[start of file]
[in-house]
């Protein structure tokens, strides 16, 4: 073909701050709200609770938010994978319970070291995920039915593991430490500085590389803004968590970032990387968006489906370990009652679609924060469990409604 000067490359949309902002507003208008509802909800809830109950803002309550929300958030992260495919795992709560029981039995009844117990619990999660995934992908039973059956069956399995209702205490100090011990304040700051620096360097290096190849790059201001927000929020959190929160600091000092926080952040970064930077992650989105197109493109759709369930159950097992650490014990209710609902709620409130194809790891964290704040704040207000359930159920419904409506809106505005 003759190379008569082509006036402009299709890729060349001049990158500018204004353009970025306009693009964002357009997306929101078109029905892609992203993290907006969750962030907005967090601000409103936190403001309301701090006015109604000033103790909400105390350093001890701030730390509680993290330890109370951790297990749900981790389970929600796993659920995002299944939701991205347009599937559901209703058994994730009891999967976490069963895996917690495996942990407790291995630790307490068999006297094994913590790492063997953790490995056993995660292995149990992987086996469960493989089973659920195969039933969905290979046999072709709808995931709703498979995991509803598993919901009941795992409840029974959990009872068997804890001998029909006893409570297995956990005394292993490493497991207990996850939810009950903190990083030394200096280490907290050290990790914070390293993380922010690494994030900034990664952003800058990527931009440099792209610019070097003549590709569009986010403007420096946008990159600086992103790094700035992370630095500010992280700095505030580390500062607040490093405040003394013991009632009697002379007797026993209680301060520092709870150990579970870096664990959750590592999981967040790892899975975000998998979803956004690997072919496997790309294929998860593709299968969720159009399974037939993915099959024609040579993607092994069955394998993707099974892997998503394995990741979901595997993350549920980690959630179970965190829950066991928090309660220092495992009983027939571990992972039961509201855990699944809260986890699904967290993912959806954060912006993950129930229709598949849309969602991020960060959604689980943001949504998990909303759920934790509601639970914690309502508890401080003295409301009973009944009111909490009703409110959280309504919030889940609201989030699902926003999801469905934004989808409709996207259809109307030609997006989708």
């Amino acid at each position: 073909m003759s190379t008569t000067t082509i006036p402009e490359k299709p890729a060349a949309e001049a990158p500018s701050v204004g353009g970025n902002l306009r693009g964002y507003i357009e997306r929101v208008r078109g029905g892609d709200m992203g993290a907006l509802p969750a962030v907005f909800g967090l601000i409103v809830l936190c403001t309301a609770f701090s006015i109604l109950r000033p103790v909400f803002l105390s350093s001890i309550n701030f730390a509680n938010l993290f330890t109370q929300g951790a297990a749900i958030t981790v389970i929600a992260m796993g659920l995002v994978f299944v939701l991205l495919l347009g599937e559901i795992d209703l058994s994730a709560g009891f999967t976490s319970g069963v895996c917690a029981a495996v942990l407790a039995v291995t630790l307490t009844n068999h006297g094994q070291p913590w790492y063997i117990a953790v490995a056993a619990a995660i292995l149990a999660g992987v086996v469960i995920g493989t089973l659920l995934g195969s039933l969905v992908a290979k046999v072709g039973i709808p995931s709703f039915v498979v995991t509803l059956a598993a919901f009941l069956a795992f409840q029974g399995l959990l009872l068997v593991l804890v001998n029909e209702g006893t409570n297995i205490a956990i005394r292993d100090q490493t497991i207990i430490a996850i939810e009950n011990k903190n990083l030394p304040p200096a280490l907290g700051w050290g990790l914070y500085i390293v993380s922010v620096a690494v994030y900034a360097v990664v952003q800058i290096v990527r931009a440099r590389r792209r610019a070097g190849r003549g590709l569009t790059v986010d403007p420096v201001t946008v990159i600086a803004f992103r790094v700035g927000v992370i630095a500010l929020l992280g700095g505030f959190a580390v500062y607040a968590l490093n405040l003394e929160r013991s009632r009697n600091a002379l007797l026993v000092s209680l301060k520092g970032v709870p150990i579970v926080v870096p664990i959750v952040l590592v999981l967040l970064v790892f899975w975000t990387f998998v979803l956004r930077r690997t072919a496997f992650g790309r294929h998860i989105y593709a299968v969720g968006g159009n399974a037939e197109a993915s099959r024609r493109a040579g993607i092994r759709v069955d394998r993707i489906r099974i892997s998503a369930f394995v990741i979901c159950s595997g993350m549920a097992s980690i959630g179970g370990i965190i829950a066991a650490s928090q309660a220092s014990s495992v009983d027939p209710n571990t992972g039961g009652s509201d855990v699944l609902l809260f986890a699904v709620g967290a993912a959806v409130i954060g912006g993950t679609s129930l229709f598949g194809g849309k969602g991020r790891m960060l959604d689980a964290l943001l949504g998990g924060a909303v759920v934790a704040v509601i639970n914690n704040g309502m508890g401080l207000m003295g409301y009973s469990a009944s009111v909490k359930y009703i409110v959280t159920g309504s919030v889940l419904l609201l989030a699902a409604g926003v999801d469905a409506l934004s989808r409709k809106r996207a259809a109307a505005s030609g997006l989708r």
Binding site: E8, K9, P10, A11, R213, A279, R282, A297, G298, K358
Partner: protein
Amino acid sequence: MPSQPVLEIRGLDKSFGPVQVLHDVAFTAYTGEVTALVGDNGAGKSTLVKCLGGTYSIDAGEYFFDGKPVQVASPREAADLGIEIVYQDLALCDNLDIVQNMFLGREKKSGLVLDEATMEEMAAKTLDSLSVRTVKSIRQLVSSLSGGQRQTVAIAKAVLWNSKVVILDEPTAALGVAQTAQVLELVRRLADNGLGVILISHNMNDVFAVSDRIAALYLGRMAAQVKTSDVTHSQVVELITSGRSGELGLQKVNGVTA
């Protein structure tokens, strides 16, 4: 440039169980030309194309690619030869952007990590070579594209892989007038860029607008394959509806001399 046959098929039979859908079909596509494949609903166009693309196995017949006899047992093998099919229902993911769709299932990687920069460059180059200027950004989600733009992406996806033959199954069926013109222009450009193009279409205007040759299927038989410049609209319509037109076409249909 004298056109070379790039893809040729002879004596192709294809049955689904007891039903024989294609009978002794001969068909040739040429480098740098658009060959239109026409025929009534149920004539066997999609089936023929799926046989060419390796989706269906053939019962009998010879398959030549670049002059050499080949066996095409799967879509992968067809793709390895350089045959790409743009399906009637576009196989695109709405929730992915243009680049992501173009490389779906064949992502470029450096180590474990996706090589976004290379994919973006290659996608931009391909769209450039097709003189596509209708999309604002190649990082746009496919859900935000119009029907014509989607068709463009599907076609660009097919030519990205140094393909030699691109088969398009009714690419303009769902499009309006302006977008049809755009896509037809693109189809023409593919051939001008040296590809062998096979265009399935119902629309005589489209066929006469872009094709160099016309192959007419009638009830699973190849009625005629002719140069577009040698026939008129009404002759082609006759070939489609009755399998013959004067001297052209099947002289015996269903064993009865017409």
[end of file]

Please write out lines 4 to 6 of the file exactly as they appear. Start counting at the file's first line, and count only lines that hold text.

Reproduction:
Binding site: E8, K9, P10, A11, R213, A279, R282, A297, G298, K358
Partner: protein
Amino acid sequence: MPSQPVLEIRGLDKSFGPVQVLHDVAFTAYTGEVTALVGDNGAGKSTLVKCLGGTYSIDAGEYFFDGKPVQVASPREAADLGIEIVYQDLALCDNLDIVQNMFLGREKKSGLVLDEATMEEMAAKTLDSLSVRTVKSIRQLVSSLSGGQRQTVAIAKAVLWNSKVVILDEPTAALGVAQTAQVLELVRRLADNGLGVILISHNMNDVFAVSDRIAALYLGRMAAQVKTSDVTHSQVVELITSGRSGELGLQKVNGVTA